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Current Perspectives on the Impact of Pre-Exposure Prophylaxis Stigma Regarding Men Who Have Sex with Men in the United States

Authors Herron PD

Received 16 January 2020

Accepted for publication 6 May 2020

Published 18 May 2020 Volume 2020:12 Pages 187—192


Checked for plagiarism Yes

Review by Single-blind

Peer reviewer comments 4

Editor who approved publication: Professor Bassel Sawaya

Patrick D Herron

Department of Family and Social Medicine, Albert Einstein College of Medicine, Bronx, NY, USA

Correspondence: Patrick D Herron Email

Abstract: Pre-exposure prophylaxis or PrEP is a Food and Drug Administration approved human immunodeficiency virus (HIV) prevention tool that reduces the risk of infection by greater than 90%. While it does not provide protection against other sexually transmittable infections and blood-borne illnesses such as hepatitis C, syphilis, chlamydia, and gonorrhea, it is a highly effective in reducing the risk of transmission of HIV among men who have sex with men. Despite the success of PrEP, there remain barriers to PrEP uptake rooted in stigmatized perspectives shared by health professionals, patients, and community members. The insidious impact of stigma associated with HIV/AIDS has permeated throughout the LGBTQ+ community, healthcare system, society in general and to this day, continues to exacerbate structural and social determinants of health disparities amongst sexual and gender minorities. While the initial resistance to PrEP has abated over time, stigmatized perspectives regarding PrEP continue to impede those at greatest risk from benefiting from effective preventive care.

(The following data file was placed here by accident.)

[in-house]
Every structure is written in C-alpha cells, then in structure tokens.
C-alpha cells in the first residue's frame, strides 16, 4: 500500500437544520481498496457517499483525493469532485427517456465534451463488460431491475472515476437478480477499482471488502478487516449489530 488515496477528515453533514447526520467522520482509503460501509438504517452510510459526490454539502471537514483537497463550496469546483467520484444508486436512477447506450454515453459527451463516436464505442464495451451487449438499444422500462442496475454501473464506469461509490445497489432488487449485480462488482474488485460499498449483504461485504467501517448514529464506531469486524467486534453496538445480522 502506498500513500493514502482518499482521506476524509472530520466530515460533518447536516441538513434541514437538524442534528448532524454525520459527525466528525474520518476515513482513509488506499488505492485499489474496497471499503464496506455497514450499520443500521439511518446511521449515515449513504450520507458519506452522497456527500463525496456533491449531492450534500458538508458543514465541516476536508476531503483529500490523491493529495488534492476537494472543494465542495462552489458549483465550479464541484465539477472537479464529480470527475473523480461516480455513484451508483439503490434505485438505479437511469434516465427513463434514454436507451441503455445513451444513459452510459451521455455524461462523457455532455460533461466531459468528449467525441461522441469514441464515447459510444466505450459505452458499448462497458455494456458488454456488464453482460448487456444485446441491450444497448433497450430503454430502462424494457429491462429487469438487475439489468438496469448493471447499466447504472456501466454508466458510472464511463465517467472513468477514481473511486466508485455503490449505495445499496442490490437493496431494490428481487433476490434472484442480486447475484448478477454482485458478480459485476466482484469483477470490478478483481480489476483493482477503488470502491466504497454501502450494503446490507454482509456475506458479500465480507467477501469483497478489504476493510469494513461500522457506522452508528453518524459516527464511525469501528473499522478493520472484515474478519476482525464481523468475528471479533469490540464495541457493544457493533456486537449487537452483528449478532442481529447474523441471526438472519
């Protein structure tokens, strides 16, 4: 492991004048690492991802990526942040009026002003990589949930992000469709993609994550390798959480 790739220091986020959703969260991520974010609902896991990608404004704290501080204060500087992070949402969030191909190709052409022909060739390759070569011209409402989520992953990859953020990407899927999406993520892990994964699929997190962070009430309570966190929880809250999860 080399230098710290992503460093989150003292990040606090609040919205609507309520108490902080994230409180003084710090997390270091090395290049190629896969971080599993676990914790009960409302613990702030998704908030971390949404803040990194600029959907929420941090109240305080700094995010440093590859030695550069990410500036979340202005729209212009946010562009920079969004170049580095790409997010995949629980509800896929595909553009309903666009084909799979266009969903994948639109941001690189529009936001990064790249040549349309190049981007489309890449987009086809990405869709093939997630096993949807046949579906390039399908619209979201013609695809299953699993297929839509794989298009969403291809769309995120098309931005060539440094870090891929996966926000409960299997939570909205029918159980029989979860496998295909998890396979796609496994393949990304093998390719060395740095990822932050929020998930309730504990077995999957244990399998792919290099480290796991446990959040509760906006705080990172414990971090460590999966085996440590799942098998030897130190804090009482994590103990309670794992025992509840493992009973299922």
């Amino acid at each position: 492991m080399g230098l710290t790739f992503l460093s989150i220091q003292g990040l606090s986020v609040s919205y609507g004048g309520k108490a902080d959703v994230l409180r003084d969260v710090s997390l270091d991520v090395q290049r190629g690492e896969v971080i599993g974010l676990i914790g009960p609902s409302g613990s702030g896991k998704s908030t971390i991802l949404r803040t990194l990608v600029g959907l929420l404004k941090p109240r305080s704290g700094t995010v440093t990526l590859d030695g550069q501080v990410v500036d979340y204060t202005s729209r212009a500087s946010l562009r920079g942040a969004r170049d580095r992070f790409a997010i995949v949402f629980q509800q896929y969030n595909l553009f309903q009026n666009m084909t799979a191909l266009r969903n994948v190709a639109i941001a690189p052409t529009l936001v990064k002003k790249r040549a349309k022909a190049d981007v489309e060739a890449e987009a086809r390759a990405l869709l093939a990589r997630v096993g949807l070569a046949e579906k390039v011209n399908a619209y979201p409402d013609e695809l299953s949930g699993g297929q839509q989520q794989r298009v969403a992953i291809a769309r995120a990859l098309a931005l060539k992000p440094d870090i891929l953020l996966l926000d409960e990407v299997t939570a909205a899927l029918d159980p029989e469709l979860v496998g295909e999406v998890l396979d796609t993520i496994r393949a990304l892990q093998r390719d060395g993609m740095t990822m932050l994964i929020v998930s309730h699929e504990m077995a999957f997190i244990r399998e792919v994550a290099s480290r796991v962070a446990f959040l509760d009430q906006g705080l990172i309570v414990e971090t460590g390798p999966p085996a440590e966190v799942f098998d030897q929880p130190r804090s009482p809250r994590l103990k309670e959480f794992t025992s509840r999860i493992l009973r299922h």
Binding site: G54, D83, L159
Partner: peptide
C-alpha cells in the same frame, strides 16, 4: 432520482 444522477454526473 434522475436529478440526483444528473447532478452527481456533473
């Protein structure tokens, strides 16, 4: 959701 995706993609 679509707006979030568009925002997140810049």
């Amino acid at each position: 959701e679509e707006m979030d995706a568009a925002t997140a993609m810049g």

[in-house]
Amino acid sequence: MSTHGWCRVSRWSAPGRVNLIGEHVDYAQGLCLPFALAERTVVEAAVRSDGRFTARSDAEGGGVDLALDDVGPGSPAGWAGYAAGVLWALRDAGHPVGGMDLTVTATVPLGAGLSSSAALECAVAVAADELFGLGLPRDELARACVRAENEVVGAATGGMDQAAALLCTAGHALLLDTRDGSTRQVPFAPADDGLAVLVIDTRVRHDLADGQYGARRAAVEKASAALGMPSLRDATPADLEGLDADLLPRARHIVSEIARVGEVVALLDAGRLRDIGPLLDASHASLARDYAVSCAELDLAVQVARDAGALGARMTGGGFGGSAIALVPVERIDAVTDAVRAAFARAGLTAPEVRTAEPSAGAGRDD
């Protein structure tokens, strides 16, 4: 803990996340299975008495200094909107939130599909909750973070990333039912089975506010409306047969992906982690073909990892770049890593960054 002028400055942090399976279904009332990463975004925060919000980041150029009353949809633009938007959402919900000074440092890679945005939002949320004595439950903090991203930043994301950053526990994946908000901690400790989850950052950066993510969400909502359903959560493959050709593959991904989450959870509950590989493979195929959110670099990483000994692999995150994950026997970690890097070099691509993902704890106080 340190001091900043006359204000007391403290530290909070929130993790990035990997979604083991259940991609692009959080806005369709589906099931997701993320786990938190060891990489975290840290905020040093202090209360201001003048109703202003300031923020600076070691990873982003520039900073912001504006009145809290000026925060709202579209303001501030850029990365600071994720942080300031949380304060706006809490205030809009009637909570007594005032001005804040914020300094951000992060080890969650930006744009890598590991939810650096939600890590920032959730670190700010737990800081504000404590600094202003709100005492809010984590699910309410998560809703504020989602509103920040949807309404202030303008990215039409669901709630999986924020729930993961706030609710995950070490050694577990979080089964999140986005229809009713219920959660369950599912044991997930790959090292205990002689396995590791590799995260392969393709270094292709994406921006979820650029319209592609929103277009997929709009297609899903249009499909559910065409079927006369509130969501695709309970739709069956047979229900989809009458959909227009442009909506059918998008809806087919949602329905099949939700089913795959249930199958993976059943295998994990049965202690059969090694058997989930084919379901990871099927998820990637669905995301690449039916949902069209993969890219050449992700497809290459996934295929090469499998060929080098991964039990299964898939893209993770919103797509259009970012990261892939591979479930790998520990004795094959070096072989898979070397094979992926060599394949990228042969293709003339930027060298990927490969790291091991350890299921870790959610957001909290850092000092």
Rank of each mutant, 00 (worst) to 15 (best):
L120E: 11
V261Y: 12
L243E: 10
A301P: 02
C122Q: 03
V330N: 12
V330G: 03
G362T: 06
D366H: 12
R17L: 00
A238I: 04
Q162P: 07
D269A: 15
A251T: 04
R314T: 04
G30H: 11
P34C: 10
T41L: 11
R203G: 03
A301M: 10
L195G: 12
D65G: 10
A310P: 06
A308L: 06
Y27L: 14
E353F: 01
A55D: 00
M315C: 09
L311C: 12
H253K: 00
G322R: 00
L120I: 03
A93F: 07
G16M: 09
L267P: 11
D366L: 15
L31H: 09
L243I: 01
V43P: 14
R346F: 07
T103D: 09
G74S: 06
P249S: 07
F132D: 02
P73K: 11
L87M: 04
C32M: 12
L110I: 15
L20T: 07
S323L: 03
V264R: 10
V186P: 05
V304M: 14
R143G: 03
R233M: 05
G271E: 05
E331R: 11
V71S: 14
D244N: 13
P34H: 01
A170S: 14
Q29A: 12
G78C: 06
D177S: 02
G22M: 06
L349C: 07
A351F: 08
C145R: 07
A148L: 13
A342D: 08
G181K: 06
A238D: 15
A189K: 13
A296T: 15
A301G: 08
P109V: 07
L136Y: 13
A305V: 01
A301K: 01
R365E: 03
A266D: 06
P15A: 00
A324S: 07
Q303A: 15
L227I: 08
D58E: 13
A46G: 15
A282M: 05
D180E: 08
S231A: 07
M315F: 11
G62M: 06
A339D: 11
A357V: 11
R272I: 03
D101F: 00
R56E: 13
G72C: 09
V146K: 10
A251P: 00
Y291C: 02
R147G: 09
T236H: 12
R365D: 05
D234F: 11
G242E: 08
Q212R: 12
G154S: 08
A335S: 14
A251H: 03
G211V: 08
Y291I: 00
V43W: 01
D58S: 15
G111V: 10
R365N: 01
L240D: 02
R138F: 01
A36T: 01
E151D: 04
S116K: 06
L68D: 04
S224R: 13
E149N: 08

Keywords: PrEP, HIV, AIDS, MSM, stigma

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